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Are you serious, or is this the lead in to some kind of skit?
Presuming this is a serious enquiry from somebody (for example) trying to help out with homework, it is as summarised in post 4.
Applying heat to an egg induces chemical reactions between its constituents (mainly proteins) which result in the reaction products being solid rather than liquid. When performed in a kitchen this is known as "cooking", when studied in a laboratory it's "chemistry".
Applying heat to ice (ie solid water) increases the energy, but the constituents of ice are just water molecules which are not going to react with anything until the temperature becomes extreme. The energy is in the form of vibration of the molecules, and at sufficient energy (ie temperature) the bonds which hold the water molecules together as a solid are broken, and the water becomes liquid and then gas as the temperature is increased further. In a kitchen this is "defrosting", and in a laboratory it is a phase change from the solid form to the liquid form of water in accordance with thermodynamics.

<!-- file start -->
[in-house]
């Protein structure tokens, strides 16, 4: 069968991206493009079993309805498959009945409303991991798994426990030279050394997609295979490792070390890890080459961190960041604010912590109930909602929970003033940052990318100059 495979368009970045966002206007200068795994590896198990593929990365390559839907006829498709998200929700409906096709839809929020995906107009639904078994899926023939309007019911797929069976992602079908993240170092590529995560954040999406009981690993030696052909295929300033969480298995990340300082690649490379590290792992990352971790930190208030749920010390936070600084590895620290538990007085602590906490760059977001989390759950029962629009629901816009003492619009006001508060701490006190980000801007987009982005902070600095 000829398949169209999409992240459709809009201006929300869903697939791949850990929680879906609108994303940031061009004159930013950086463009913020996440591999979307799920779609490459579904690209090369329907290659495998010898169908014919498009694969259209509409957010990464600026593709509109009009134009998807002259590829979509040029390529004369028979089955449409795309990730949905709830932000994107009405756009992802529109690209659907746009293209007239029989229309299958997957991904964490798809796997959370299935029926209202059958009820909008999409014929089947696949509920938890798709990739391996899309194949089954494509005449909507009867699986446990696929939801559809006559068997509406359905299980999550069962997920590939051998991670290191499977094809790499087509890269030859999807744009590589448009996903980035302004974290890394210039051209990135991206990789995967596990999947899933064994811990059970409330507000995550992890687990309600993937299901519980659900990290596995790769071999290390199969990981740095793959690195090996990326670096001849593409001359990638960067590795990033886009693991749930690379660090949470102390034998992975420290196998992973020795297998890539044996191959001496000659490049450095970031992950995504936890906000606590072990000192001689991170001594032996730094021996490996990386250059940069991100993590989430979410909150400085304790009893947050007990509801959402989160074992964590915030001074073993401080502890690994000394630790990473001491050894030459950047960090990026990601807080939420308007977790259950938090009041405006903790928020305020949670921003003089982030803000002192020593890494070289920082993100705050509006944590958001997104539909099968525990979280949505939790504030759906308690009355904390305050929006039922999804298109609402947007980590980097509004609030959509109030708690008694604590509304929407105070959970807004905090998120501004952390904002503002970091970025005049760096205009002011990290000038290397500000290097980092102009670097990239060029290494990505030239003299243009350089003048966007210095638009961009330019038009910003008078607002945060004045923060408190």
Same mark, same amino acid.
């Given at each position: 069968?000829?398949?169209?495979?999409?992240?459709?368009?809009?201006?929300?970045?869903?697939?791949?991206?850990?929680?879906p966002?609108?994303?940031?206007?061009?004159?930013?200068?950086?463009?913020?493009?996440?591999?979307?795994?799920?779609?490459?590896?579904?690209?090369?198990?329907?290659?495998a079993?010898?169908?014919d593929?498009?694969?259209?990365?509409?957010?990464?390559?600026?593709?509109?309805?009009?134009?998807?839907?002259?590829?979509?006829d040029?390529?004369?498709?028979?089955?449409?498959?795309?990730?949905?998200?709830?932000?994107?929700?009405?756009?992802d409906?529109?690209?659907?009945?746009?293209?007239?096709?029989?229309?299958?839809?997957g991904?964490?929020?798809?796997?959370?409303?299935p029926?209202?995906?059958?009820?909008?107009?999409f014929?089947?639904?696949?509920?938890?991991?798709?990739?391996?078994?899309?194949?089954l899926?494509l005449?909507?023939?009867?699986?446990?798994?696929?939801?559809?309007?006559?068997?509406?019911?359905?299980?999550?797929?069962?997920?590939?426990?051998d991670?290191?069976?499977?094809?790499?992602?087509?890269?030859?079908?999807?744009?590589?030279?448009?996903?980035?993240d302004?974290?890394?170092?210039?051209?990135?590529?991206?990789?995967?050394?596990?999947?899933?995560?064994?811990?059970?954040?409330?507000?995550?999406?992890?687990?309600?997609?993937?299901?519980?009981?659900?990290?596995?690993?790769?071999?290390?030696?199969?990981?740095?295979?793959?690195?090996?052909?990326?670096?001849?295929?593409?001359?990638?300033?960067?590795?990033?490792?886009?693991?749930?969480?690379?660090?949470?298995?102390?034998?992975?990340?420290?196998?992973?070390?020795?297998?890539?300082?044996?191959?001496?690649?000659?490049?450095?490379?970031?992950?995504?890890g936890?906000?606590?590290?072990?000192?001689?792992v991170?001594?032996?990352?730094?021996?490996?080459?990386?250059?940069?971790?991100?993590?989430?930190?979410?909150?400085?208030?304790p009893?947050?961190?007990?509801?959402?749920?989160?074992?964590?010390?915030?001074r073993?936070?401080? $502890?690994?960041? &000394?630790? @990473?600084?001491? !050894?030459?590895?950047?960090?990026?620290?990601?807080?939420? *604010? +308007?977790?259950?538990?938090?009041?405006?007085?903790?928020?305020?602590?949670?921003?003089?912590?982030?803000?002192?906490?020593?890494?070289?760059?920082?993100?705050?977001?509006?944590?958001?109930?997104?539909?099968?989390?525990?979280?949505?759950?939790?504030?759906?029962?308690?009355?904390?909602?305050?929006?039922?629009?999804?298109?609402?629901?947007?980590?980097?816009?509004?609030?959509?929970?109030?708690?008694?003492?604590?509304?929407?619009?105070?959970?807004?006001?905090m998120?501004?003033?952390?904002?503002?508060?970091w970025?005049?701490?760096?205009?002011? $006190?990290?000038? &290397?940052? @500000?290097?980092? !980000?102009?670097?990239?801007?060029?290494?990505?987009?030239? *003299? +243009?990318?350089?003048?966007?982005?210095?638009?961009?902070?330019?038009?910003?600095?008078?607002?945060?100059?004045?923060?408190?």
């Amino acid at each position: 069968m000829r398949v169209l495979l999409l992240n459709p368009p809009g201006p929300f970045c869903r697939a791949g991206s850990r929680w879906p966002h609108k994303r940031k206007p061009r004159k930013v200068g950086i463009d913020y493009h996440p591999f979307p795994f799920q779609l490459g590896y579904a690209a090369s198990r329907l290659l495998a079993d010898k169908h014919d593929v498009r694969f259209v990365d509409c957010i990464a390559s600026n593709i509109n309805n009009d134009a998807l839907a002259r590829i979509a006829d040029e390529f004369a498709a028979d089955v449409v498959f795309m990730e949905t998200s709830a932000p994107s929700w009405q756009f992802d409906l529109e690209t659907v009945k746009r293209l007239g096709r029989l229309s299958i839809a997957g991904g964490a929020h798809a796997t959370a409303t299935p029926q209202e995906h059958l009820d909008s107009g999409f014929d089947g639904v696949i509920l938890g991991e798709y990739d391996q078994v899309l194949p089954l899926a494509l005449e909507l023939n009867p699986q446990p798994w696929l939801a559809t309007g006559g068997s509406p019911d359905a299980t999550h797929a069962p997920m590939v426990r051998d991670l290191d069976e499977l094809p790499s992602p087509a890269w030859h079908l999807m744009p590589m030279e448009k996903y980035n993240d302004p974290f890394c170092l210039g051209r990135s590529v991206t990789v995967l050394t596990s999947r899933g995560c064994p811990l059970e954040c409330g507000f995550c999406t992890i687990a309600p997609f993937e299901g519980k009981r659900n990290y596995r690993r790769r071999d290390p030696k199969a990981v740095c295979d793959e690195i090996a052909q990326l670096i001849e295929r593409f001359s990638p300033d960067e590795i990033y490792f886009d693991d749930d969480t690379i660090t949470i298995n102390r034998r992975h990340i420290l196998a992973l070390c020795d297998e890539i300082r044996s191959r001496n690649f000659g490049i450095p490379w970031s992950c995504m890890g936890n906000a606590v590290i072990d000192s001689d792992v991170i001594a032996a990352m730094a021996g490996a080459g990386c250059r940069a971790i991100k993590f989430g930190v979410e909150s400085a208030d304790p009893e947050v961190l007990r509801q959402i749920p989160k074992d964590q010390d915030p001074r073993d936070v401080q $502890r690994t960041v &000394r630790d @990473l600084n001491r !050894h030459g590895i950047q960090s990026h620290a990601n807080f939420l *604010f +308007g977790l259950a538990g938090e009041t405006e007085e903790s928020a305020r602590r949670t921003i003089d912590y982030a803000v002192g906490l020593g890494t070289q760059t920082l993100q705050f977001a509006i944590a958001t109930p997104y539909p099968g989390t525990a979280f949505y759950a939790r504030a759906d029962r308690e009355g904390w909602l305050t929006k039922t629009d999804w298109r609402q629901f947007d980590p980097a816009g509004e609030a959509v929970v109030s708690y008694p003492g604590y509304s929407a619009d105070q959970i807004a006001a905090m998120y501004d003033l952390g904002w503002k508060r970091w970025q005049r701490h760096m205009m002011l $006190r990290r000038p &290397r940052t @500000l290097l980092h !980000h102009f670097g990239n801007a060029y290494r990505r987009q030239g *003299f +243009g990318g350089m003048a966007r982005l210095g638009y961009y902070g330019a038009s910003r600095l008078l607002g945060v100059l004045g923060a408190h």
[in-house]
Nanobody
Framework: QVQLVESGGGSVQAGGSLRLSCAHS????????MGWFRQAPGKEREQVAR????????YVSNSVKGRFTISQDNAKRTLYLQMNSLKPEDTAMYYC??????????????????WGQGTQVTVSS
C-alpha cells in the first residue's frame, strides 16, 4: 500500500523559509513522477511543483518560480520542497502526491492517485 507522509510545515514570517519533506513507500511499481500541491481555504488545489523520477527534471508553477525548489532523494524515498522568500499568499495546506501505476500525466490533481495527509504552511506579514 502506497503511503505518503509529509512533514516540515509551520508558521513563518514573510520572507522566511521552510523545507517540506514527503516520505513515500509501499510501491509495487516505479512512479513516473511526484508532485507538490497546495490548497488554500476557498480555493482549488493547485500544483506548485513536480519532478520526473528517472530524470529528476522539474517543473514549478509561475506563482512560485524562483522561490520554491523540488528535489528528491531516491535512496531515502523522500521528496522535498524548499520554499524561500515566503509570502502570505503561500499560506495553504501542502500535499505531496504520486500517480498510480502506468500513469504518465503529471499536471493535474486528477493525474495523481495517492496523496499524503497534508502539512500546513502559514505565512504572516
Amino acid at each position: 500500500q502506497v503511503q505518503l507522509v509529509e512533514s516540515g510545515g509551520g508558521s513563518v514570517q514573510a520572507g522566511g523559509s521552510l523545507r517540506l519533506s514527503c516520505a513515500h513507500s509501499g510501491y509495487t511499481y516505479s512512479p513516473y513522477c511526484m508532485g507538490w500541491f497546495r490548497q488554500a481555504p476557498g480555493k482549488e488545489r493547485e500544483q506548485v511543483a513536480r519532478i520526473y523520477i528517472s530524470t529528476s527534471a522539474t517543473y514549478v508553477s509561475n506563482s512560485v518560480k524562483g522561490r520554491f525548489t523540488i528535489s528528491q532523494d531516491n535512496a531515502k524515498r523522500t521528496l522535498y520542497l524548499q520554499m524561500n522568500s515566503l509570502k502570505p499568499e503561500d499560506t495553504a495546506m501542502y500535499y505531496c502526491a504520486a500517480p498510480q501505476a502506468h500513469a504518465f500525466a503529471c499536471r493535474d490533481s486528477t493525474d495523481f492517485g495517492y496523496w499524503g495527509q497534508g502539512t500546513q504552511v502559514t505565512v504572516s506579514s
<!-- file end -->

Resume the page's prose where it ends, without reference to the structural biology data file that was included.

What, you mean turn the water into ice at the same time as cook the eggs? You could do it with a heat pump, but it would have to be a different body of water and not the water the eggs were cooking in.